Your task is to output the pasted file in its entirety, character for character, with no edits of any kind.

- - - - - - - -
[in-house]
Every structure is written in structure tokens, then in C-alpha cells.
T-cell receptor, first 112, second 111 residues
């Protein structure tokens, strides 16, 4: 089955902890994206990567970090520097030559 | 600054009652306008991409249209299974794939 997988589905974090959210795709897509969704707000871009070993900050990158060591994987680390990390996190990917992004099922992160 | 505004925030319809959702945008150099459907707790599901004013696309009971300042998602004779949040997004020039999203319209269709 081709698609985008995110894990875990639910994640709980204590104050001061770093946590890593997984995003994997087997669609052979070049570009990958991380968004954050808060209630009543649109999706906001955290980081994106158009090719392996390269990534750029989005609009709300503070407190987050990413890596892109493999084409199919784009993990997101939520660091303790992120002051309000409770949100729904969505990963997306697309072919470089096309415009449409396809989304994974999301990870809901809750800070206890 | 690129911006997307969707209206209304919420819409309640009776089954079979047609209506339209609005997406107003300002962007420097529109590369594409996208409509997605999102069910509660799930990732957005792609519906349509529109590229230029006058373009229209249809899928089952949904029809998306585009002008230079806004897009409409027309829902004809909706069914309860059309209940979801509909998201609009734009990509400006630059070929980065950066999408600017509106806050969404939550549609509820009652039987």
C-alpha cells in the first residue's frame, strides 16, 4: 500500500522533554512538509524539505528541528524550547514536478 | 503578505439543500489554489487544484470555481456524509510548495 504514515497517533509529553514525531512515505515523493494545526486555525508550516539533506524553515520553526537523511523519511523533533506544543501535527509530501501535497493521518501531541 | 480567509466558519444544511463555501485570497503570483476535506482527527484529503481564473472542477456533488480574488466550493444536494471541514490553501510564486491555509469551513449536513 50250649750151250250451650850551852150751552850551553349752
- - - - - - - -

[in-house]
Every structure is written in structure tokens, then in C-alpha cells.
T-cell receptor, first 112, second 111 residues
């Protein structure tokens, strides 16, 4: 089955902890994206990567970090520097030559 | 600054009652306008991409249209299974794939 997988589905974090959210795709897509969704707000871009070993900050990158060591994987680390990390996190990917992004099922992160 | 505004925030319809959702945008150099459907707790599901004013696309009971300042998602004779949040997004020039999203319209269709 081709698609985008995110894990875990639910994640709980204590104050001061770093946590890593997984995003994997087997669609052979070049570009990958991380968004954050808060209630009543649109999706906001955290980081994106158009090719392996390269990534750029989005609009709300503070407190987050990413890596892109493999084409199919784009993990997101939520660091303790992120002051309000409770949100729904969505990963997306697309072919470089096309415009449409396809989304994974999301990870809901809750800070206890 | 690129911006997307969707209206209304919420819409309640009776089954079979047609209506339209609005997406107003300002962007420097529109590369594409996208409509997605999102069910509660799930990732957005792609519906349509529109590229230029006058373009229209249809899928089952949904029809998306585009002008230079806004897009409409027309829902004809909706069914309860059309209940979801509909998201609009734009990509400006630059070929980065950066999408600017509106806050969404939550549609509820009652039987």
C-alpha cells in the first residue's frame, strides 16, 4: 500500500522533554512538509524539505528541528524550547514536478 | 503578505439543500489554489487544484470555481456524509510548495 504514515497517533509529553514525531512515505515523493494545526486555525508550516539533506524553515520553526537523511523519511523533533506544543501535527509530501501535497493521518501531541 | 480567509466558519444544511463555501485570497503570483476535506482527527484529503481564473472542477456533488480574488466550493444536494471541514490553501510564486491555509469551513449536513 50250649750151250250451650850551852150751552850551553349752